US commander: Land reclamation enables China to deploy more military assets in South China Sea

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WASHINGTON — The commander of U.S. forces in the Pacific said Wednesday that major land reclamation by China at outposts in the South China Sea could allow it to exert more influence over the contested area and deploy military assets such as long-range radar and advanced missile systems.

Adm. Samuel Locklear also told the House Armed Services Committee that Russia has escalated military activity in the Asia-Pacific in recent months to a near Cold War-level.

Locklear's area of command straddles a vast area of land and ocean where the Obama administration has tried to elevate America's presence, and where other major powers jockey for influence. He was addressing a hearing on U.S. military strategy and posture in the region.

In the past year, China has conducted massive land reclamation at previously submerged reefs in the South China Sea despite a U.S. call for a freeze on such construction to give time for diplomacy to work between China and its neighbors in Southeast Asia.

Locklear said China has aggressive reclamation and construction projects at eight outposts in the Paracel and Spratly island chains, including what appears to be an airfield at Fiery Cross Reef, which is also claimed by Vietnam, the Philippines and Taiwan. It's one of many disputed, tiny land features in that ocean.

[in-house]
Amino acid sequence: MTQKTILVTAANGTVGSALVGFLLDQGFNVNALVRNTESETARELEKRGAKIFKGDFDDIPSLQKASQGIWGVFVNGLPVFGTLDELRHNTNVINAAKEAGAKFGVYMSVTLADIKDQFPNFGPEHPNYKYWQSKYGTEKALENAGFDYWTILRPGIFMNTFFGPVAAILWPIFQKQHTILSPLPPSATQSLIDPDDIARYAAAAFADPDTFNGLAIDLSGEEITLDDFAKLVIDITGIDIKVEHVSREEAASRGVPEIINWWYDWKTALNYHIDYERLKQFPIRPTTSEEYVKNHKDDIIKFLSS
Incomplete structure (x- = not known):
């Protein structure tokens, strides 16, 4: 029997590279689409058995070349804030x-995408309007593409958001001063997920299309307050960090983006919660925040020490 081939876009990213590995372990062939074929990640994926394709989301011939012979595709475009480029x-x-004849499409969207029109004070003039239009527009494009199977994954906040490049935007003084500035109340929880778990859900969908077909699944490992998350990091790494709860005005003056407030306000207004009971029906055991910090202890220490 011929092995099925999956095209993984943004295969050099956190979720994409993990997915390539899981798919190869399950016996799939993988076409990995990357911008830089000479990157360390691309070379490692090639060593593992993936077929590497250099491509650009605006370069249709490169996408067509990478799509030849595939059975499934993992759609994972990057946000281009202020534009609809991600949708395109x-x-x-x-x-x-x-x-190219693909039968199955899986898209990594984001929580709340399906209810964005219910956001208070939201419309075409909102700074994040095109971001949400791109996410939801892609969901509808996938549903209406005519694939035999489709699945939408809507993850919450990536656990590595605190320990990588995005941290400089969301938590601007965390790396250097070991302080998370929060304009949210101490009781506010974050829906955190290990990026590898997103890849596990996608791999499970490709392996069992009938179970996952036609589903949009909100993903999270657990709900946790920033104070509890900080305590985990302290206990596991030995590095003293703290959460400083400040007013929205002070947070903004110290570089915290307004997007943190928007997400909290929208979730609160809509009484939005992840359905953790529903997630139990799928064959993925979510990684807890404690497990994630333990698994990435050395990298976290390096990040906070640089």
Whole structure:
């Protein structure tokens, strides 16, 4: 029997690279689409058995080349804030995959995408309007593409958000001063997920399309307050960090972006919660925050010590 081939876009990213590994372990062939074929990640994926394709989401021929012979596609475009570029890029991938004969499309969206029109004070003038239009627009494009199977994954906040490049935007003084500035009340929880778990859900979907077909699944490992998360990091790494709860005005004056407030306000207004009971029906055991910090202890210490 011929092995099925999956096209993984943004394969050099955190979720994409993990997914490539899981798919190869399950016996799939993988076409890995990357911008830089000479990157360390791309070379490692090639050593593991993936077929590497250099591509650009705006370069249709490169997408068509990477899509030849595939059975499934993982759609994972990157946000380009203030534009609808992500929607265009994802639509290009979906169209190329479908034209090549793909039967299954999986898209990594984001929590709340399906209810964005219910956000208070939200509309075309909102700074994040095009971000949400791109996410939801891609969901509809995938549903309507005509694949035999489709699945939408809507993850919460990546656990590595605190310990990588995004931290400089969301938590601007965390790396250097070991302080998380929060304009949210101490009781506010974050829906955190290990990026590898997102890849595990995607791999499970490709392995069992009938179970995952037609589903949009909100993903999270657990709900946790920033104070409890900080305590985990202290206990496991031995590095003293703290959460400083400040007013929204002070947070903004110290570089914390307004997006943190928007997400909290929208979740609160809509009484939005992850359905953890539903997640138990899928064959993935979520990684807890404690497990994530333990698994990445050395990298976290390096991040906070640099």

Locklear said the artificial islands would allow China to provide basing and resupply for its large and growing fleet of maritime security vessels. He said China eventually could deploy missiles and radar on them, providing a platform for enforcing an air defense identification zone if it tried to establish one in the South China Sea.

"It allows them to exert basically greater influence over what's now a contested area," Locklear said.

China claims much of the South China Sea, and Beijing has asserted its right to undertake any activity in territories it claims. In late 2013, China unilaterally declared an air defense zone over disputed, Japanese-held islands in the East China Sea. The U.S., Japan and others have refused to recognize the move.

Locklear also noted an increase in Russian military activity in the Asia-Pacific, with long-range maneuvers toward the U.S. in the past few months. He said Russia is improving its strategic nuclear deterrent on its east coast in the northern Pacific, and its submarine forces, which operate in the Arctic and in Northeast Asia.

He said there was a greater Russian military presence in Southeast Asia this year, too.

U.S. ally Japan said Wednesday that the number of scrambles by its warplanes has surged to levels nearly matching the Cold War era amid growing activity by China and Russia.

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